Think of the last time you made a meaningful connection. What were you talking about? That one really funny youtube video from years ago? The new marvel movie trailer? Some deep-dive analysis into a topic that really resonated with you? Nowadays, our interests and identities are often reflected in the content we consume. Yet it is not something we actually think about when forming new connections.

Many of us are in our comfort zone with our friend groups in college. But what about when we graduate, go to study abroad, or have to move somewhere for a new job? When you try to meet new people and talk to them for the first time, what’s your icebreaker going to be?

That’s why we made people2vec. A web app that matches you with people of similar interests, based on your YouTube watch histories.


The lot of us are all machine learning (ML) people, having worked with both natural language processing (NLP) and computer vision (CV) problems before, and we understand the importance of embeddings, i.e., vector representations of semantic information (e.g., text and images) that can be very helpful.

It seems like the only way to meet people nowadays is via dating apps, some based on looks, some based on “personality,” etc. However, oftentimes what bonds people together is their shared interests in media consumption, and one of the most popular platforms for doing so is YouTube. Why not recreate the excitement and fun of sharing your new favorite YouTube video with your friends, with people who you otherwise may not have met?

The name people2vec makes an ohmage to word2vec, the very original popular text embedding technique that kickstarted it all.

What it does

People2vec finds people with similar interests based on your social media activity. In particular, we use users’ YouTube watch history and match them with those with similar interests via embeddings from both NLP and CV methods. Additionally, we provide interesting visualizations that intuitively display how your YouTube interests match and differ with others.

How we built it

The people2vec tech stack consists of a Node.js and React.js frontend and Django backend. The NLP pipeline uses Cohere’s amazing API of their multilingual model (due to YouTube video titles having multiple languages) to obtain embeddings of video titles, and the CV pipeline uses PyTorch’s InceptionV3 with weights pretrained on ImageNet1K and the last classification layer set to identity. Particularly, we take inspiration from the Fréchet Inception Distance (FID) from generative CV, where we compute the similarity between two user’s YouTube video interests by comparing the distribution of their respective watch history videos’ title and thumbnail embeddings.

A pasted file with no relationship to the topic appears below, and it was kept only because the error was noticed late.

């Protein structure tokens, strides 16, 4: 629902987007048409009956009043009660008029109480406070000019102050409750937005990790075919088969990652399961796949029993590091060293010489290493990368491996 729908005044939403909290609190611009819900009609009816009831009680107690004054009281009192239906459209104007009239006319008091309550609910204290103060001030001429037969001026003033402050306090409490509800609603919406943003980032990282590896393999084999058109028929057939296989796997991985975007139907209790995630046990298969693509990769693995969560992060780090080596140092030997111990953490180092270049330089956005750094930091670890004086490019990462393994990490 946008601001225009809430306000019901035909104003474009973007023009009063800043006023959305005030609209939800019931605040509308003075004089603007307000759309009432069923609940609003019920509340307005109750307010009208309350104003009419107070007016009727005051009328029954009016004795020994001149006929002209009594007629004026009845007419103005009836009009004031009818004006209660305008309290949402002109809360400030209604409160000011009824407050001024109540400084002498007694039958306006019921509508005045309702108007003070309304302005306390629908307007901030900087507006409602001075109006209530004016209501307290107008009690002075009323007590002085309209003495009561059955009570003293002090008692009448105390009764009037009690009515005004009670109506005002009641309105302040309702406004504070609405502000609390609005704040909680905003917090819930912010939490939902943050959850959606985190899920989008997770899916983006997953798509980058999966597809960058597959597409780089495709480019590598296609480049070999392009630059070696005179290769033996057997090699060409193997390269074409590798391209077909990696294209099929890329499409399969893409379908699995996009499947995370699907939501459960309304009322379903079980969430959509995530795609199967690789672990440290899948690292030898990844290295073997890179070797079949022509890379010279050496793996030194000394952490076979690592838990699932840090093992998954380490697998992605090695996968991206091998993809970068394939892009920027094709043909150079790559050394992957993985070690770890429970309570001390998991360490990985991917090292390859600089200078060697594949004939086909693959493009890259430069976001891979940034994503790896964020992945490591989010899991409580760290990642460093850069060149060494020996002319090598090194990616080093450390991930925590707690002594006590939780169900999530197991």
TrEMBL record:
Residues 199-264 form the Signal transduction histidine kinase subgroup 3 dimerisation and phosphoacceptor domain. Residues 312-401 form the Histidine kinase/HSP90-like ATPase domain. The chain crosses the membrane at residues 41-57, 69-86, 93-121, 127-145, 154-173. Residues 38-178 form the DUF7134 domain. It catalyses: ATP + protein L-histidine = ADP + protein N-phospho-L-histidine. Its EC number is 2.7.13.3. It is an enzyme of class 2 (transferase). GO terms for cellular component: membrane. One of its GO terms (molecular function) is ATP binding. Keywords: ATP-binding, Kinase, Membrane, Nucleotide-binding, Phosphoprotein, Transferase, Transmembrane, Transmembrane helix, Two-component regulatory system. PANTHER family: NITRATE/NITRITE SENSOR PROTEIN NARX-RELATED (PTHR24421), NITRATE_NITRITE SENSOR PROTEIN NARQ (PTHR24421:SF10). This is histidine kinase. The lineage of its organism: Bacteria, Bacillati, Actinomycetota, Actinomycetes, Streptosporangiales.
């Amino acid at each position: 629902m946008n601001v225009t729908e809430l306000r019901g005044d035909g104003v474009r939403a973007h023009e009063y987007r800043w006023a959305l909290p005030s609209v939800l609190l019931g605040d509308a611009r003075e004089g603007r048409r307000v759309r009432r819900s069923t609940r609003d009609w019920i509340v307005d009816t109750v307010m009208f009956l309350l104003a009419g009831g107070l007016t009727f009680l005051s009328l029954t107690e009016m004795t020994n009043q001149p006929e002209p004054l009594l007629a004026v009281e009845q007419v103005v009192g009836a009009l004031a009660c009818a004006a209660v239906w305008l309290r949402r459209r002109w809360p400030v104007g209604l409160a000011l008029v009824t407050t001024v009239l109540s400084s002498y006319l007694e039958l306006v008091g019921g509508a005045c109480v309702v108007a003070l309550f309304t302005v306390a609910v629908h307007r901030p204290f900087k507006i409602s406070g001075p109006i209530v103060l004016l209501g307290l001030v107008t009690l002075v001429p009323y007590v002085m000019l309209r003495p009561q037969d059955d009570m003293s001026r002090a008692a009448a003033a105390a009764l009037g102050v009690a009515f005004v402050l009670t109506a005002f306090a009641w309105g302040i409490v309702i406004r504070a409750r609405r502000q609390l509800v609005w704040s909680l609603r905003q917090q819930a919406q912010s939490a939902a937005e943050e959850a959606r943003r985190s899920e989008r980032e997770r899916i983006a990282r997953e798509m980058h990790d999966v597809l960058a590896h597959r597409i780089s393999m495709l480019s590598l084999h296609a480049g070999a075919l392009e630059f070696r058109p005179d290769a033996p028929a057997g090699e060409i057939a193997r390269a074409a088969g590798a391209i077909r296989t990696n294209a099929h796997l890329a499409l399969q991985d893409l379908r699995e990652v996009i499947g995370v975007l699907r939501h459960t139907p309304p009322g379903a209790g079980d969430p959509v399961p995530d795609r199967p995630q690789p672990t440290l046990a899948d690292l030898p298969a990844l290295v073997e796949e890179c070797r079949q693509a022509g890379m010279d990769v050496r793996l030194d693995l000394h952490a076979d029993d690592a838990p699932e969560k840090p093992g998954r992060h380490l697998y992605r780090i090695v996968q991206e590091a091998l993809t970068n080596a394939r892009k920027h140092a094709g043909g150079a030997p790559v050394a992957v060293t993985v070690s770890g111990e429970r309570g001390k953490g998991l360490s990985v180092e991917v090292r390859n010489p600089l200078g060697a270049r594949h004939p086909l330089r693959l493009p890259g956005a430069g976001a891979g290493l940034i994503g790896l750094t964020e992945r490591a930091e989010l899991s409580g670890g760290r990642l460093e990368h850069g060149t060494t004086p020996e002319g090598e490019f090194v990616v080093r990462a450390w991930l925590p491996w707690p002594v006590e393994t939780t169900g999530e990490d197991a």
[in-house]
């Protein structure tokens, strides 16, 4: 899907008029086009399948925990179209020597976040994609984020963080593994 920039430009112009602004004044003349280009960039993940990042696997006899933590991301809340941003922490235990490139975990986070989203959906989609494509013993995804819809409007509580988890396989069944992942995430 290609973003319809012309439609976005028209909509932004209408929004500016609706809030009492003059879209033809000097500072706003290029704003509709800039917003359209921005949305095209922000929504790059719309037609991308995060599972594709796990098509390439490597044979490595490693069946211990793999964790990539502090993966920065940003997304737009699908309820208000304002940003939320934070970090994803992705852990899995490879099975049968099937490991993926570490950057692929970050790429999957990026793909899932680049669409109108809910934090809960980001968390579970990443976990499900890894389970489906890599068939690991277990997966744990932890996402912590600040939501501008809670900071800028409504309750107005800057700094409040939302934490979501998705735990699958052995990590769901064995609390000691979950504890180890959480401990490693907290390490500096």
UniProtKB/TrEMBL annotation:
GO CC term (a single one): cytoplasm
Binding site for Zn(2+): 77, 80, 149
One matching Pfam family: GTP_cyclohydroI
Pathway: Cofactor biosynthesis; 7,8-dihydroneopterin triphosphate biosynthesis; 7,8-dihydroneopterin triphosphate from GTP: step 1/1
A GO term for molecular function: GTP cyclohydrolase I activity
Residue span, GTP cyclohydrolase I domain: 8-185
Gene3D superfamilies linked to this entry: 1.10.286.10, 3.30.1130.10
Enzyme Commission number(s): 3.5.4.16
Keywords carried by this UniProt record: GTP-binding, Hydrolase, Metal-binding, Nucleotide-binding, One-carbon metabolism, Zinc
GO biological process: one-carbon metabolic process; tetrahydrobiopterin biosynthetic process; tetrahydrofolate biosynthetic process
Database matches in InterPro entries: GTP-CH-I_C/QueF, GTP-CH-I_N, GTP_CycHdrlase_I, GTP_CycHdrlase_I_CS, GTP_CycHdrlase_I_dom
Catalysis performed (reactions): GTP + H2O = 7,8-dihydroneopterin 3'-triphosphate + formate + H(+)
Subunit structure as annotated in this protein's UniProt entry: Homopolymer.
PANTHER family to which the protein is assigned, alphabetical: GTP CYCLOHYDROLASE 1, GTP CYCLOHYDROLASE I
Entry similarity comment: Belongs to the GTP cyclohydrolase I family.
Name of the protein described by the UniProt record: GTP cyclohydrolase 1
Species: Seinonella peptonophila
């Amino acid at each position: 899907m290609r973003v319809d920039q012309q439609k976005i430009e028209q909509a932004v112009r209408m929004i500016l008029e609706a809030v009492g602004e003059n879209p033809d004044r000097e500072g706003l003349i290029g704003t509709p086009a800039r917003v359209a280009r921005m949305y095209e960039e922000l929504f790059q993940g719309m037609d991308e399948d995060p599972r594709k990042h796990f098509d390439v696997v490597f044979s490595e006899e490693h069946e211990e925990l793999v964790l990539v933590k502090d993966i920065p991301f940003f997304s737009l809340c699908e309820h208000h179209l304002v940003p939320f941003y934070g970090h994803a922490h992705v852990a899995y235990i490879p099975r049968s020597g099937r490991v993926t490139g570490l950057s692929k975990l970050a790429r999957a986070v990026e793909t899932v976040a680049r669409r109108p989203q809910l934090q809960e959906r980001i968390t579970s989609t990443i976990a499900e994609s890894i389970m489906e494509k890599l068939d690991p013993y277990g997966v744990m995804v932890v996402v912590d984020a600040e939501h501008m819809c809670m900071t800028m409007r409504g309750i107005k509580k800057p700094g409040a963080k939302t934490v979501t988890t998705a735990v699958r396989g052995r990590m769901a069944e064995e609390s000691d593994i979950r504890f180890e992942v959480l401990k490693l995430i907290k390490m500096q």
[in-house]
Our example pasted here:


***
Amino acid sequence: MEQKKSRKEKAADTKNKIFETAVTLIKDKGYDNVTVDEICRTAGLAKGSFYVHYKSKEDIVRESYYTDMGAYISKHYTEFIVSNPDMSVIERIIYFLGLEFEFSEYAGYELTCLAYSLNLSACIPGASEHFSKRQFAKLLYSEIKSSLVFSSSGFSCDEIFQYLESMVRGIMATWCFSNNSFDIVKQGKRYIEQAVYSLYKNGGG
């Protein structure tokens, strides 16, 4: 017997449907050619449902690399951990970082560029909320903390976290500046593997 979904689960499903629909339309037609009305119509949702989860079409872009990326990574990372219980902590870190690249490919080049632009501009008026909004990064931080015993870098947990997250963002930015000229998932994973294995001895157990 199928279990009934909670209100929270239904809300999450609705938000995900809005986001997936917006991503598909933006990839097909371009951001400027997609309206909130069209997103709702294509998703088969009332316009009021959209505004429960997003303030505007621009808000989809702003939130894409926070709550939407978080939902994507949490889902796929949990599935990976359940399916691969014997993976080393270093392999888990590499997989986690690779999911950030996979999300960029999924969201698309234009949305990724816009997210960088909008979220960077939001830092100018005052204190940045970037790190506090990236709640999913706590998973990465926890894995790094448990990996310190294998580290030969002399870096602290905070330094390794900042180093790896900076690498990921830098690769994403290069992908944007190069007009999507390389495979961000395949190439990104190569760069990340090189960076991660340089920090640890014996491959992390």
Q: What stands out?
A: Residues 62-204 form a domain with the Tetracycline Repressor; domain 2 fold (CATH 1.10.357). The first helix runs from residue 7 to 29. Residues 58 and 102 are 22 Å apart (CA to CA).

We embed TensorBoard’s PCA to visualize video title embeddings between two users, and we use YouTube’s API to fetch thumbnails. We also use Deck.GL and Google Maps’s Geocoding API for location-based information.

Challenges we ran into

One of the main challenges we ran into is API-related, particularly related to YouTube. We wanted to have a way to directly fetch watch history (and other analytics information of a user) by asking them to authenticate their Google account with us, but we quickly discovered that doing so is simply impossible, hence the relatively jank way of asking people to upload their Google Takeout data downloads.

Another challenge we ran into was linking everything together. We worked in quite compartmentalized ways in the beginning. Angeline developed the frontend, Jordan wrote the ML methods, Prateik handled the data parsing and processing, and Jeffrey built the backend. Each component worked well in their respective unit tests, but combining them soon proved to be a big challenge as there were many moving parts that relied on each other to be properly tested. We were, quite literally, assembling a plane as it was flying.

Accomplishments that we're proud of

Jordan: Using embeddings and distribution comparison methods (FID scores) worked better than I expected, especially since I am combining many different APIs and file formats into flexible modules that allowed for easy and relatively efficient computation of a similarity measure between two embedding distributions.

Angeline: The design <3

Prateik: I am quite proud of getting the TensorBoard to work. The visualization ended up being way cooler looking than we first expected, and the path to getting it to work (hacking GitHub) was also quite arduous yet rewarding. Also, I parsed HTML with Regex. Take that computer scientists!

Jeffrey: I’m proud of not giving up and all the friends we made along the way (zero) <3

What we learned

We got to know GitHub way better. We learned the importance of a solid plan that still allows for flexibility (which we are still working on improving!). We grasped the difficulty of integrating machine learning models to full-stack applications and got better at knowing how to assemble these differing modules together. Most importantly, we learned how to work as a team <3

What's next for people2vec

We think a great next direction is security related. Particularly, it is very possible to borrow aspects of federated learning to better preserve user privacy (especially with information like YouTube watch history). For example, we can do pre-processing (e.g., first-layer pass through the neural network) on the frontend (i.e., “locally,” or on the user’s device) to obtain some initial embedding that greatly obfuscates user data and complete the rest of the processing in the backend. This ensures that we can still extract information about the user’s YouTube video interests while not directly having a copy of their information.

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